Tags » Raffaele Sollecito

The presumption of innocence

Image (C)Daniel Butcher 2007

The presumption of innocence is the principle that a defendant is considered innocent until proven guilty. The burden of proof is on the prosecution, which has to collect and present evidence that establishes guilt beyond a reasonable doubt. 842 more words

Review: Angel Face: The True Story of Student Killer Amanda Knox by Barbie Latza Nadeau

Since I read another book on this case, I knew a lot of what to expect in regards to the trial of Amanda Knox. However, as I sometimes do, I read through the first dozen or so reviews on Goodreads and was intrigued to find if this book was truly as biased as some readers claim. 574 more words

Reviews

The double tragedy of the Kercher family

This has been a tough article to write. There was a murder that need not have happened. The police may have been at fault. They had the chance to keep the culprit in custody for other crimes, before he killed. 2,105 more words

Favorite Crime Series: Amanda Knox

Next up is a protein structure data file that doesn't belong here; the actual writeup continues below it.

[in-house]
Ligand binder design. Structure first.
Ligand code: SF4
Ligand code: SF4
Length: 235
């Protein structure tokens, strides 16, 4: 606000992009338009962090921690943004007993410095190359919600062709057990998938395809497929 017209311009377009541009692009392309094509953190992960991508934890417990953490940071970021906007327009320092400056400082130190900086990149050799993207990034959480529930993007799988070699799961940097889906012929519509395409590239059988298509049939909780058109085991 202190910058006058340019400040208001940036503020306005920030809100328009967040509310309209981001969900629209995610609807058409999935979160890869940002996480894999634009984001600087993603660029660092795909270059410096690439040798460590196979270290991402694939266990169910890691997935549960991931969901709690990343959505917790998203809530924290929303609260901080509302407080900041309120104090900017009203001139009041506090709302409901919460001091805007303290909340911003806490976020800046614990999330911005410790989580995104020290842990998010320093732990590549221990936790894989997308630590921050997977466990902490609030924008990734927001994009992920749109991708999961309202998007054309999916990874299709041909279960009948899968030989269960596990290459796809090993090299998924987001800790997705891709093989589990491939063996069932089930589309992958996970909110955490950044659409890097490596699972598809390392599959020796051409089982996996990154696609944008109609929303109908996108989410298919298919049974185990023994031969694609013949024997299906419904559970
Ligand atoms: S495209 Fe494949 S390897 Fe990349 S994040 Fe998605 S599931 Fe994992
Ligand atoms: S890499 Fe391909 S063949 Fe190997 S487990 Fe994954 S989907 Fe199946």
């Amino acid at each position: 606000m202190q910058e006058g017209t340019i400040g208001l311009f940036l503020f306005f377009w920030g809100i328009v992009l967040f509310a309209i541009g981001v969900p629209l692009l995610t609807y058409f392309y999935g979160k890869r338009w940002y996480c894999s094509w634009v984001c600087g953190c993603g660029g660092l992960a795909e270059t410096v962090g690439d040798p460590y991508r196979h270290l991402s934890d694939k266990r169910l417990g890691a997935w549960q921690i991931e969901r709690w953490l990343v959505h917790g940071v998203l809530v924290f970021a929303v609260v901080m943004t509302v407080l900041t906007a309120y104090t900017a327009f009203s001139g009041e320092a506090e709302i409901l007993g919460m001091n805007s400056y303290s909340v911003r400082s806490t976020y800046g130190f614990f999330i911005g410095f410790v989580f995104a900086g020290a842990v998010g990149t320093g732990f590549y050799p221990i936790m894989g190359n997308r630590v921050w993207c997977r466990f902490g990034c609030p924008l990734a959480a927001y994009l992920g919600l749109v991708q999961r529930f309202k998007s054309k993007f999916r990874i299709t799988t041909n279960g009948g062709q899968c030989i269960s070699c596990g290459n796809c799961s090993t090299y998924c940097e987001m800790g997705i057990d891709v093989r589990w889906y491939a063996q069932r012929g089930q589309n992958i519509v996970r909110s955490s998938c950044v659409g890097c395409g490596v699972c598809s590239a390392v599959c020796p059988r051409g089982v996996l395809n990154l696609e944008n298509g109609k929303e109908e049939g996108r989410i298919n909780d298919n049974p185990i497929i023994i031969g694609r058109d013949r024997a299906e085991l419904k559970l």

The case of Amanda Knox in Italy is perhaps one of my favorite cases. It was the second case I began to follow closely (the first was the D.C. 740 more words

Amanda Knox

After the dust has settled

The acquittal of Amanda Knox and Raffaele Sollecito last Friday surprised everyone. The Supreme Court’s decision respected the facts of the case but most observers had become so jaundiced with the workings of Italian justice that few expected such an outcome. 785 more words

Legal Musings Special: The Labyrinthine Mess of Amanda Knox and Raffaele Sollecito's (Re)Acquittal

I don’t get it. I have read and re-read dozens of reports surrounding the case of Meredith Kercher’s brutal murder, and I just don’t get it. 1,302 more words

Personal

Amanda Knox's Ex-Boyfriend: We're Still Friends

ROME (AP) — Amanda Knox’s former Italian boyfriend said Monday he needs to heal wounds inside his heart and soul, now that he and the American have been definitively acquitted of her British roommate’s 2007 murder in the Italian town where all three were then students. 292 more words

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